About Narrative Therapy

Narrative therapy is a strength-based, respectful approach to therapy that sees people as experts in their own lives. By drawing on personal resources people are encouraged to reclaim their lives from the problems that weigh them down. In narrative therapy, people become more aware of their relationship with their problem and are encouraged to see themselves and the stories of their lives in a new light.

In my work, I come into a session believing that the people seeking my help have many unique skills and understandings that can be used to change the stories of their lives. Some of these abilities may have been forgotten, so one of the purposes of therapy is to rediscover and appreciate the strengths and competencies that can be found in every person. In order to get at these hidden abilities, I engage in thoughtful questioning to better understand the full experience of people’s lives.

The goal of narrative therapy is for people to re-author their own lives according to their preferred stories of health and success. Problems tend to make people feel one dimensional – like they are their problems. But this is not so. People that come to therapy are multi-dimensional and full of strengths that may be hidden to them. By changing the stories that negatively define their lives and their relationships, narrative therapy helps people gain control over their problems and begin to re-define themselves in a more positive way.

Narrative therapy aims to be a short-term and change-oriented solution to one’s problems.


Narrative Therapy for Children and Teens

As in any type of therapy with children and adolescents, the key to successful therapy is a strong therapeutic relationship. Oftentimes when working with youth, a lot of time is spent building trust and rapport so, in therapy, I let the young person set the pace and I do not push past their comfort levels. In terms of adolescents, there is often a reluctance to talk to counsellors, especially when it is forced upon them. In these cases I am patient and spend as much time as necessary building a trusting relationship in order to show them that I won’t give up on helping them. I have worked extensively with kids of every age and have successfully connected with even the most resistant of youth.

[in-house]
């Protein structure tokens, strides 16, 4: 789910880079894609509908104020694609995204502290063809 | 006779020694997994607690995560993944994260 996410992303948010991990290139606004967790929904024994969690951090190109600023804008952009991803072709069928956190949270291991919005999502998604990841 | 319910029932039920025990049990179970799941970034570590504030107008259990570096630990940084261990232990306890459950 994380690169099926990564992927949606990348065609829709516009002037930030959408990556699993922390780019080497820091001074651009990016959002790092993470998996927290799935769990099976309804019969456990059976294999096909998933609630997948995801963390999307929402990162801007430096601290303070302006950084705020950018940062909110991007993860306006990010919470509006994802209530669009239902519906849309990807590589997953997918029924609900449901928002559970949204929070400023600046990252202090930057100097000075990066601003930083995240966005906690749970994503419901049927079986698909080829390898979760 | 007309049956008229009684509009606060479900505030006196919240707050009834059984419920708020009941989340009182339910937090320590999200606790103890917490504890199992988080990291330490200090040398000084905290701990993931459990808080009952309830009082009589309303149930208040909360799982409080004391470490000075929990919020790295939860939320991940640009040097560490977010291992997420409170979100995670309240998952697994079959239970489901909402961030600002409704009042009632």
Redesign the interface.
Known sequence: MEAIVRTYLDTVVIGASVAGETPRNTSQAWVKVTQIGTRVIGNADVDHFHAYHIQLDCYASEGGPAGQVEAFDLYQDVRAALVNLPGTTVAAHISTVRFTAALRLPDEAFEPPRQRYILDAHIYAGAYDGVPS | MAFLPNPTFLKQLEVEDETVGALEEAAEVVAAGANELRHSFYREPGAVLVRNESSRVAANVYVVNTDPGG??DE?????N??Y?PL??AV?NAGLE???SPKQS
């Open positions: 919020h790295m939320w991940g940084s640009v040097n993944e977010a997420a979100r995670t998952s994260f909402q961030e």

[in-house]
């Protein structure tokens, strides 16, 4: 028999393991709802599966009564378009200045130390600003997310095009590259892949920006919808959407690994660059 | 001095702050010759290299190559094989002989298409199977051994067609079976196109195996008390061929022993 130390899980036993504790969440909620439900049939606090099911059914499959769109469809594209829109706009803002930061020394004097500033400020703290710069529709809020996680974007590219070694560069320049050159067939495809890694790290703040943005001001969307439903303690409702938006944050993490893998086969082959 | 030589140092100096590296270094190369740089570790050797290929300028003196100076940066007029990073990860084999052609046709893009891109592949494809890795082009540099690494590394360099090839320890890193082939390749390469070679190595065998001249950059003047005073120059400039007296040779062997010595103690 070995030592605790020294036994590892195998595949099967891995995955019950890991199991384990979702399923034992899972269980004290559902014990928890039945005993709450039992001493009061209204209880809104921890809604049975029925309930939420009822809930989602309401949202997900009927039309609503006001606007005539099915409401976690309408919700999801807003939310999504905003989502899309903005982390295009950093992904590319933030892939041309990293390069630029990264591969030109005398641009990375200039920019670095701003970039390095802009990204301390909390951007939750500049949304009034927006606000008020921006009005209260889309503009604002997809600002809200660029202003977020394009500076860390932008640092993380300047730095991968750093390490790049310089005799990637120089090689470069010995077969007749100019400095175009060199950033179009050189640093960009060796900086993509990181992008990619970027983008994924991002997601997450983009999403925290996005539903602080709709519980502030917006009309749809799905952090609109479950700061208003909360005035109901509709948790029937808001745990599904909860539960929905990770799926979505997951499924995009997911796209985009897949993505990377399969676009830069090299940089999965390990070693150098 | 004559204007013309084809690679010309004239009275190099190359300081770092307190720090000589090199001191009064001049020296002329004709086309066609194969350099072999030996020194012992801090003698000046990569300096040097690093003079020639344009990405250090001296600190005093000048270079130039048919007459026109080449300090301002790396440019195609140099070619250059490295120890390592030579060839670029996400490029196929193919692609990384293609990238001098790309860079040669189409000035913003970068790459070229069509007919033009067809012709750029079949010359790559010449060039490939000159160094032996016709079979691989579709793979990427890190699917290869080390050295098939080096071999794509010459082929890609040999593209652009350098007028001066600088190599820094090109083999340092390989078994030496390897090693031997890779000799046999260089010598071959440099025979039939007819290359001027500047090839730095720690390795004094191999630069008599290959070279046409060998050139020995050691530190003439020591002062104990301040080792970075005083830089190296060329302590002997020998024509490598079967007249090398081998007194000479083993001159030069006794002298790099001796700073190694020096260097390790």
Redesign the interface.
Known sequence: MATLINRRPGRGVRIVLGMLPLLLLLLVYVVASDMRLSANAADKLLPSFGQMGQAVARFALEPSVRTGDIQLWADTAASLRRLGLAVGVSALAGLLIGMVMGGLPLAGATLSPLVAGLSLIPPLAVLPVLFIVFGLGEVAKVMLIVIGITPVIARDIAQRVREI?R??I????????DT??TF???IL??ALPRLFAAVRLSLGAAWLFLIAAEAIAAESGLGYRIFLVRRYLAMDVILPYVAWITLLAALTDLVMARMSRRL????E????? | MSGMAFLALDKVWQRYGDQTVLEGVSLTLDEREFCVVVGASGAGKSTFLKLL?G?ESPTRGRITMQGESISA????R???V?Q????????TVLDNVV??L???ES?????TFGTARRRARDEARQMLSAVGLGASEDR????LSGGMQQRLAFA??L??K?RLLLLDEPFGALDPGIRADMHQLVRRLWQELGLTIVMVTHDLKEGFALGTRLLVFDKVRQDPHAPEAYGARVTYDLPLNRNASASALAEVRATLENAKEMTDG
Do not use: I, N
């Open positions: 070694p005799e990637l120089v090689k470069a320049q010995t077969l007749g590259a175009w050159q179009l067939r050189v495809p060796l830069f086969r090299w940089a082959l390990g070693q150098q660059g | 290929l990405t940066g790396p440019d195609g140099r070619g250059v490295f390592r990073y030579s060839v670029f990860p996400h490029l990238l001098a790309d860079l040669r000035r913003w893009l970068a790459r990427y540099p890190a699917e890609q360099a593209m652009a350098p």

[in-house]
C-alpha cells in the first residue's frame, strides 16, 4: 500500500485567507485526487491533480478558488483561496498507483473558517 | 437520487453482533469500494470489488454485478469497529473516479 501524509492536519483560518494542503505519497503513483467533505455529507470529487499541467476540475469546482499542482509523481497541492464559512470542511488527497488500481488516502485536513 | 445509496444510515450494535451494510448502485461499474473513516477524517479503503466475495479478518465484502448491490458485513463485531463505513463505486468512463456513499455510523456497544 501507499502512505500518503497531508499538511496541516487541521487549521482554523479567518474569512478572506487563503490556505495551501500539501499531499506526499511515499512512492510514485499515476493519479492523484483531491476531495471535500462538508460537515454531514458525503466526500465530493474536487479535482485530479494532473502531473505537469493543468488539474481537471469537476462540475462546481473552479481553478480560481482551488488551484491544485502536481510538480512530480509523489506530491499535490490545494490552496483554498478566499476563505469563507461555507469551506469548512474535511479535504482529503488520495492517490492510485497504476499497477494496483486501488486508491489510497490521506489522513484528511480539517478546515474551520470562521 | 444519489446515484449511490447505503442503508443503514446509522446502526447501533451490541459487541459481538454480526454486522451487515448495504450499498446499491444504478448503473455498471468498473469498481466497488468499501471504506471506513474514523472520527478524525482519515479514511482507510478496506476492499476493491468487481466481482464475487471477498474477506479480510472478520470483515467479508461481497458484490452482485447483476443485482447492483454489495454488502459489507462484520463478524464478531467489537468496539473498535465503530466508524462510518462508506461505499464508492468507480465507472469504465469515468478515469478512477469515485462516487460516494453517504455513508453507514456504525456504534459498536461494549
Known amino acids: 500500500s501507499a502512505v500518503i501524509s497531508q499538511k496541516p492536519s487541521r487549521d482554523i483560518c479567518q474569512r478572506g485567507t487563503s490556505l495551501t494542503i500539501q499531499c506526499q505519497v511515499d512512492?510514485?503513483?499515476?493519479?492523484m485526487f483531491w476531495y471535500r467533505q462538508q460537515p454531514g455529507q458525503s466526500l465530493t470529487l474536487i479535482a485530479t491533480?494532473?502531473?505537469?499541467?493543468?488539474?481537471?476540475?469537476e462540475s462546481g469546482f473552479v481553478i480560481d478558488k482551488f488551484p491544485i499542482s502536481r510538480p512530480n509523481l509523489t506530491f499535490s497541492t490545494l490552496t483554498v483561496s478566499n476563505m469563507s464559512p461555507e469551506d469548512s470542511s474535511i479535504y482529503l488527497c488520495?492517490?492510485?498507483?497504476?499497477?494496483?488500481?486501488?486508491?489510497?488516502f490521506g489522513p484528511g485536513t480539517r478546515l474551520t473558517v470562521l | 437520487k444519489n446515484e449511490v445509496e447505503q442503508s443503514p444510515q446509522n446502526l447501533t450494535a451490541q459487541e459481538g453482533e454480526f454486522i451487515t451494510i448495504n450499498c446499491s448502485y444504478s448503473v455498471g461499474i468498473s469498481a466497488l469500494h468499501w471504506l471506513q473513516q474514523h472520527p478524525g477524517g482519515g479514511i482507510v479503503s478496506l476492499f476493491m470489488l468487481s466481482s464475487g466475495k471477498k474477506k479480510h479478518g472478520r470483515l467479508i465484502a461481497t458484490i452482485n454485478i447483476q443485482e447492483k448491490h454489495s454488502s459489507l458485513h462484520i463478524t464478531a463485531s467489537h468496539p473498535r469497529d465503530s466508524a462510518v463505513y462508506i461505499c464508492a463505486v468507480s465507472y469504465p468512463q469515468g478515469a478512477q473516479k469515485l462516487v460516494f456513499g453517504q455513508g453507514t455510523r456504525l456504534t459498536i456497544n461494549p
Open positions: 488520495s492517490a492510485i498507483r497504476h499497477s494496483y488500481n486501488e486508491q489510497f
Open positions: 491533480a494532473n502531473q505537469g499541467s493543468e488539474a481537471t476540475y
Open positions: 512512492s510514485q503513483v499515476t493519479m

Narrative Therapy for Children

Narrative therapy for children gives kids a language in which to speak about and understand their problems. Often children who experience problems in their lives have difficulty both understanding and talking about their problems. They often haven’t connected their actions with their thoughts and beliefs about the world and themselves. Age-appropriate narrative questioning gets kids thinking about how they ‘met’ their problems, where their problem tends to ‘hang out’ with them, and how their problems ‘trick’ them into feeling bad about life. Kids are then supported in recognizing the ways in which they already ‘fight’ against their problems and how they can further  ‘stick up for themselves’ against the problem.

Narrative also gives kids the language to talk about their problems with their families and with other important people in their lives. As a relational-based therapy, families are the most essential support in help children ‘stand up’ to the problems in their lives. By exposing the problem and gathering support on the child’s ‘side’, children are empowered to redefine themselves as competent, strong, and resistant to problems.

Narrative Therapy for Teens

Tired of being asked ‘how you feel?” Want someone to talk to that doesn’t tell you what to do or just repeat what you just said?

In narrative therapy, the counsellor just want to find out about you, about your life, your experiences, your problems. Problems come in all shapes and sizes. Problems like depression, anorexia, alcohol and/or drug abuse, anxiety, cutting, self-blame are ones that a lot of teens have met these days. Sometimes problems can become all someone can see, to the point where they consider suicide.

But there was a time when you didn’t know this problem and, probably, times in your life that you manage to forget that it’s hanging around. So how did it take control of your life? Are you going to let it take you down? What would it take to stand up to this problem? These are questions only you can answer. However, I am absolutely sure that the answer to all your problems is within you.

It’s not my job to tell anyone how to solve their problems. I don’t give advice or judge anyone because I understand that no one can ever really know any one else’s experience. It my job just to help people think about their lives differently and give them a fresh perspective on their problems. I just want to hear your story and help you end your relationship with your problems.